What clinicians need to know about consumer tests

Direct-to-consumer tests are limited in their findings. According to a 2019 Genomics & Informatics report, consumer tests cannot provide conclusive results on whether someone will develop a medical condition. Moreover, most of these tests are limited to analyzing a few significant variants, which leads to inconclusive results.

Consumers can sometimes experience stress when they receive DNA test results related to the risk for serious diseases, such as cancer. This underscores the need for consultation with a qualified clinician to evaluate the results. Without clinical consultation, a consumer may make decisions independently and act without physician advice, leading to dangerous consequences.

The Genomics & Informatics report also notes a deficiency of scientific evidence for genetic testing conducted by direct-to-consumer companies. Additionally, these tests raise patient privacy concerns. Patient information can be stolen, or used for other purposes without a patient’s permission. 

Related: Helpful or hype? Wearable tech makes its way into clinical practice

Are consumer tests clinically relevant?

Consumer DNA health testing can help patients understand their genetic risks, however, clinical relevance is largely limited by inaccuracy, the narrow scope of the tests, and a lack of appropriate clinical context. According to a 2018 European Journal of Human Genetics review, the lack of scientific evidence on genetic testing is a significant challenge, making many clinicians reluctant to incorporate these tests in their practices.

The review authors note that gathering clinical evidence on genetic testing is complicated by the complexity of available testing, rapid development, marketing efforts, the impact on society, and the lack of universal standards for interpreting results. Additionally, there is little evidence that genetic testing leads to improved quality of life or increased survival. And without proven benefits, researchers cannot evaluate whether DNA health testing methods are cost-effective.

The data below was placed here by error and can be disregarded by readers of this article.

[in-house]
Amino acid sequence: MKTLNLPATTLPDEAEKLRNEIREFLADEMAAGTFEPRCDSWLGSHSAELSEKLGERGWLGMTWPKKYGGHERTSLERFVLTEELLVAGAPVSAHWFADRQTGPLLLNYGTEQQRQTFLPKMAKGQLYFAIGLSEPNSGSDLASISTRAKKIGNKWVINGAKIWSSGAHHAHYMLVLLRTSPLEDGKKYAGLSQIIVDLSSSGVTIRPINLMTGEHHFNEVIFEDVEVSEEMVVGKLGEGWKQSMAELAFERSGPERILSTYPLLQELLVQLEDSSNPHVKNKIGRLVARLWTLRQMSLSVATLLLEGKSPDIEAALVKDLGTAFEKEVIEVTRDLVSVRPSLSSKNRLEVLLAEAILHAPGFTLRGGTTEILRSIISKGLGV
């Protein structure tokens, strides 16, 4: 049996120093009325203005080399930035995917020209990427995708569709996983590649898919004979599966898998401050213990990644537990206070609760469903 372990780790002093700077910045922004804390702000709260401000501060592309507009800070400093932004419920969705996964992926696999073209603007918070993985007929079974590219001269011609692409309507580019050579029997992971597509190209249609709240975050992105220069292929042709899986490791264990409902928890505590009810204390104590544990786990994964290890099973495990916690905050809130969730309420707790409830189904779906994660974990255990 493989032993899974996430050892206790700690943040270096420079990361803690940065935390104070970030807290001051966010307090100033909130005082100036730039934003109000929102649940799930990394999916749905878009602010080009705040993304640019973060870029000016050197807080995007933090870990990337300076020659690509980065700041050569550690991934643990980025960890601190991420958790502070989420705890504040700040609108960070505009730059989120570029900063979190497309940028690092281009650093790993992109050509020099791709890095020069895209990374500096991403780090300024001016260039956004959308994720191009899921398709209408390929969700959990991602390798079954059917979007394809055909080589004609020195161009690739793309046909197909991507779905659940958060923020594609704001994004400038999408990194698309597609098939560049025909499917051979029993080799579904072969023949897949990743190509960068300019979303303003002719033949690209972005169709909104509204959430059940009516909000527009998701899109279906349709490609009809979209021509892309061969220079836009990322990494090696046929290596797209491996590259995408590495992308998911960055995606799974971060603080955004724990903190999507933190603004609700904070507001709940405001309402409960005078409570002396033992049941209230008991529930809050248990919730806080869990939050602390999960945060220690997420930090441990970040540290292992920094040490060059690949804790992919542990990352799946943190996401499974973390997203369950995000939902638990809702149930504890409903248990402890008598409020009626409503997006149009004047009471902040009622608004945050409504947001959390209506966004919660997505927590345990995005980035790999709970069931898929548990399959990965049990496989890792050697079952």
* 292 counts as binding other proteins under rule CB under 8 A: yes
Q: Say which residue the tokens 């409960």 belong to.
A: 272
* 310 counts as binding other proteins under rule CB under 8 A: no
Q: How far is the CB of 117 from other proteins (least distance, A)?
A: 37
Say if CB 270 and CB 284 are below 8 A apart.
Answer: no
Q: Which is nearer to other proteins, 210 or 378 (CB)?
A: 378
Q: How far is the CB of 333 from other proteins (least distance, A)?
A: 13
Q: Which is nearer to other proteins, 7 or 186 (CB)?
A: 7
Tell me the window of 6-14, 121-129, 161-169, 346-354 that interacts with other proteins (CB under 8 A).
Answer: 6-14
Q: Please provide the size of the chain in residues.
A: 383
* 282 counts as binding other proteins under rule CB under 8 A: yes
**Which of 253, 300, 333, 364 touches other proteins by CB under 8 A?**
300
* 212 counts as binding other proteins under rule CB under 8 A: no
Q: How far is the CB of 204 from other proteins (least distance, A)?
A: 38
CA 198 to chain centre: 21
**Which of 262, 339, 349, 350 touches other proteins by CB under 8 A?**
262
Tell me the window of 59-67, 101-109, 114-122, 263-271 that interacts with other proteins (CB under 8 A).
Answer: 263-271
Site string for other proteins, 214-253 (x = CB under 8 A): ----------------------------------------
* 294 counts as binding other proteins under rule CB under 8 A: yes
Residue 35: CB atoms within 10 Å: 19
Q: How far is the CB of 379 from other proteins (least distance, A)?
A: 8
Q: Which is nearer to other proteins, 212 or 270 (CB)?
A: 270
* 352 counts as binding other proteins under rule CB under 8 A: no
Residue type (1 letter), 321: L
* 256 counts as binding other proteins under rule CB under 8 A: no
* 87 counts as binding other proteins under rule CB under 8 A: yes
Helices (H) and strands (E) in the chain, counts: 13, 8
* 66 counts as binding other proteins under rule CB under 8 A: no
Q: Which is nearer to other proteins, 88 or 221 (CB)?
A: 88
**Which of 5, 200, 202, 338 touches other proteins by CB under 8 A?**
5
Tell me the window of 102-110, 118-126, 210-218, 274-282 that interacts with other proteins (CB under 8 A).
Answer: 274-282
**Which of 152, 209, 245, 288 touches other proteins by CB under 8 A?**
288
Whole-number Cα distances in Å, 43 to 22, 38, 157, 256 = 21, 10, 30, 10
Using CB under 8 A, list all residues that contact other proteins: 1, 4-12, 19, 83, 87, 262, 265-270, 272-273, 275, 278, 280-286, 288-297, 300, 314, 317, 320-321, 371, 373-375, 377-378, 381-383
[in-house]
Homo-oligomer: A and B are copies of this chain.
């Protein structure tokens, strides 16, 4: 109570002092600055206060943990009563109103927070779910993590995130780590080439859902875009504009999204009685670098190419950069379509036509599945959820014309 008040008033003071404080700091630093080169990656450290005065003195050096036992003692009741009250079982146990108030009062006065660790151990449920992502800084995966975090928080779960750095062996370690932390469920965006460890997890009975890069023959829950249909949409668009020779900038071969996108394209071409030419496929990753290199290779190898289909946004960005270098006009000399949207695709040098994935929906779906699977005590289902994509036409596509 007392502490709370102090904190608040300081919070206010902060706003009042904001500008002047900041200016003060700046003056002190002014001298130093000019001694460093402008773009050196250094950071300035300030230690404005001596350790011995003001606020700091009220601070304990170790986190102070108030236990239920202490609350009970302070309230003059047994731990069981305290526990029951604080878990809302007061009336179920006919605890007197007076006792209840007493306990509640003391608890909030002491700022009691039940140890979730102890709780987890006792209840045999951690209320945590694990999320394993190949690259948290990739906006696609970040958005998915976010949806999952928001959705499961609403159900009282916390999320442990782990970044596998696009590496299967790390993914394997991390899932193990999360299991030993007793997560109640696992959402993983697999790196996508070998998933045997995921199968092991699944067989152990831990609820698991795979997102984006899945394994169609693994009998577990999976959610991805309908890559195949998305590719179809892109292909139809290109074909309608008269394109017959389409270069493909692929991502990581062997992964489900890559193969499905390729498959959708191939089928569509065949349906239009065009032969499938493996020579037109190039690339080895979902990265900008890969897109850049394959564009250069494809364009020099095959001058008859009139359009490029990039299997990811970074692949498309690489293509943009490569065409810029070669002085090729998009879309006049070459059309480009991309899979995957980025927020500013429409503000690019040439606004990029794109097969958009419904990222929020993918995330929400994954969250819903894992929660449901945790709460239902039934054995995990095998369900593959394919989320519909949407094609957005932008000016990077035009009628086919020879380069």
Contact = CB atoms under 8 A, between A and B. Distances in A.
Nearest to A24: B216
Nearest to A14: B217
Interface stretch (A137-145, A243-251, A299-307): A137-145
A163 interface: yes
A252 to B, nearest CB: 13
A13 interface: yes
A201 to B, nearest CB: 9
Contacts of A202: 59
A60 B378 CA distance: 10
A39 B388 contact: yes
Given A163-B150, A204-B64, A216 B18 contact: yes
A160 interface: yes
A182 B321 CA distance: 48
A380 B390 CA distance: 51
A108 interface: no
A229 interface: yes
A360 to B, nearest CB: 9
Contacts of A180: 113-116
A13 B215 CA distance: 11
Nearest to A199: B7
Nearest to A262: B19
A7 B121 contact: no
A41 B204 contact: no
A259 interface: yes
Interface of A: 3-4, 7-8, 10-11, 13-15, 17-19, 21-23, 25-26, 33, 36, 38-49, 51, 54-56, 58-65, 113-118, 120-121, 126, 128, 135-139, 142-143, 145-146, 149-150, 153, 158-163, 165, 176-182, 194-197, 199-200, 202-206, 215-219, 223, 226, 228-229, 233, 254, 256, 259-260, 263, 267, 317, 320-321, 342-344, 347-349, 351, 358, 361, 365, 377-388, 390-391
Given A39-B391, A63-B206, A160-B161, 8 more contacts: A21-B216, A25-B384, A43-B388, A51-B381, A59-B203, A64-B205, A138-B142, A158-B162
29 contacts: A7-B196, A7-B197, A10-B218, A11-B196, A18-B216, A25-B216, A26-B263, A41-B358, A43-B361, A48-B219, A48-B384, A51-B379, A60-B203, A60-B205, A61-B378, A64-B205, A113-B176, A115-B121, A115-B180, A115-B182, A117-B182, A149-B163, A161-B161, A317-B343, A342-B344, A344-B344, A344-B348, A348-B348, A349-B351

What this means for you

Many consumer DNA health tests purport to offer clinical insights. However, research highlights the limited nature of their findings. While these over-the-counter tests may offer some useful health information, they are far from definitive. Furthermore, these findings often lack the context that only a skilled clinician can provide. Regardless of what these tests show, it remains essential to discuss family history of inherited conditions with patients. 


  1. Oh B. Direct-to-consumer genetic testing: advantages and pitfalls. Genomics Inform. 2019;17(3):e33.doi:10.5808/GI.2019.17.3.e33

  2. Direct-to-consumer tests. US Food and Drug Administration.

  3. Genetic testing. Centers for Disease Control and Prevention.

  4. Tennen RI, Laskey SB, Koelsch BL, McIntyre MH, Tung JY. Identifying Ashkenazi Jewish BRCA1/2 founder variants in individuals who do not self-report Jewish ancestry. Sci Rep. 2020;10(1):7669. Published 2020 May 6. doi:10.1038/s41598-020-63466-x

  5. Pitini E, De Vito C, Marzuillo C, et al. How is genetic testing evaluated? A systematic review of the literature. Eur J Hum Genet. 2018;26(5):605-615. doi:10.1038/s41431-018-0095-5